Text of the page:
Progression Run

Yesterday I ran my second key workout of the week, an 8 mile progression run on the mile loop in Lakewood Park. 8 laps on the same loop might sound kind of boring, but it's perfect for this workout as you'll soon see. The best way to run a progression is to do your first mile at normal easy day pace (it gets you warmed up) and then comes the fun part, running 10-20 seconds faster on each following mile until you hit 8 miles or can't go any faster. Yesterday, I started with a 7:42 and worked down to 7:13, 6:55, 6:42, 6:26, 6:19, 6:11, 5:58, which was a solid effort in mid-80s heat and high humidity. Normally I try to do the last 3 miles in 6:15, 6:00, 5:45, but, like everyone else, I find it hard to redline in the humidity. The progression run is a perfect workout for those training for 10Ks, cross country, and, also, longer races. It teaches you to keep running harder as you get more and more tired. I'm feeling good about my first week of 10K training, and look forward to tackling similar workouts in more ideal temps in the coming weeks.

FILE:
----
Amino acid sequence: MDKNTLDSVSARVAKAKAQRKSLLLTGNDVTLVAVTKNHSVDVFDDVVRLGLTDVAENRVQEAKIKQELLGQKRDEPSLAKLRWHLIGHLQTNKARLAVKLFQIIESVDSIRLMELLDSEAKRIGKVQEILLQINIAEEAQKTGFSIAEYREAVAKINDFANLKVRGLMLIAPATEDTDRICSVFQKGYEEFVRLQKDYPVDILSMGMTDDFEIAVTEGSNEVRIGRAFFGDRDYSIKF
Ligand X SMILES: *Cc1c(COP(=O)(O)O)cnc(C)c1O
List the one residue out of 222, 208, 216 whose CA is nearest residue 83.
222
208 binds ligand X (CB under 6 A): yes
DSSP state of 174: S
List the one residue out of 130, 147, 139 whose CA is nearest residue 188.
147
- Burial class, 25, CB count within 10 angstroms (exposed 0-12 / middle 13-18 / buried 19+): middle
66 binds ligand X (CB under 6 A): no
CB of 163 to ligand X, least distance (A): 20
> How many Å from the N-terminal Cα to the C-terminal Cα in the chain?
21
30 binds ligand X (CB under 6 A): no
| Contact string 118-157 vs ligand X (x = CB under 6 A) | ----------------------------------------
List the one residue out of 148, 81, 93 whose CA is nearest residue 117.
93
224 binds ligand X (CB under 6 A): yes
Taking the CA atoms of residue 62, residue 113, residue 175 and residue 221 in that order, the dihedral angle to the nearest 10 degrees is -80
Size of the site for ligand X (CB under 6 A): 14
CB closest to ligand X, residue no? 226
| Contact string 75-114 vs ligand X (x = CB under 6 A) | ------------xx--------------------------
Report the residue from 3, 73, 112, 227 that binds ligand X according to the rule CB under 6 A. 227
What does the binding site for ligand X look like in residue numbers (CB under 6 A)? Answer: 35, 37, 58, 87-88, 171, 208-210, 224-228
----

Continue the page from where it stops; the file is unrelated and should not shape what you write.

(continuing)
6 x mile

Today was my first 10K-specific workout of my 8-week training block and it called for 6 x mile @ 10K goal pace with 3:00 recoveries. Being that it was already in the mid-80s and super humid when I got to Lakewood Park around 9:15, I chose to go by effort rather than forcing my goal pace. I ended up averaging 5:55.5 for my set, which was actually not too far off my sub 36 target pace (a 35:58 10K is 5:47 pace). Heat index calculators estimate that a 6:00 mile is more like a 6:15 when it's in the mid 80s and that doesn't even consider humidity so I'm feeling very optimistic. Glad I did this workout on the marked mile loop at Lakewood Park, where I could catch some slight cooling breezes off the lake, rather than slugging it out on the track. Splits were 6:04, 5:54, 5:53, 5:55, 5:55, 5:52. In retrospect I probably should have held back a bit more on the second rep like I did on the first, but I'm happy with the fairly even pacing. Felt like death on the fifth one, and, for a brief second, thought about making it a 5 x mile workout, but then I got mad at myself for thinking that and dialed M for Man-up and hammered the last one nicely. No matter how you pace them the last mile of a 10K almost always sucks so you just have to callous yourself to the pain. I'm leaning towards doing an 8 mile progression run on Friday for my second key workout of the week. There's something about that workout that simulates the end of a long race better than anything else.


The Game Begins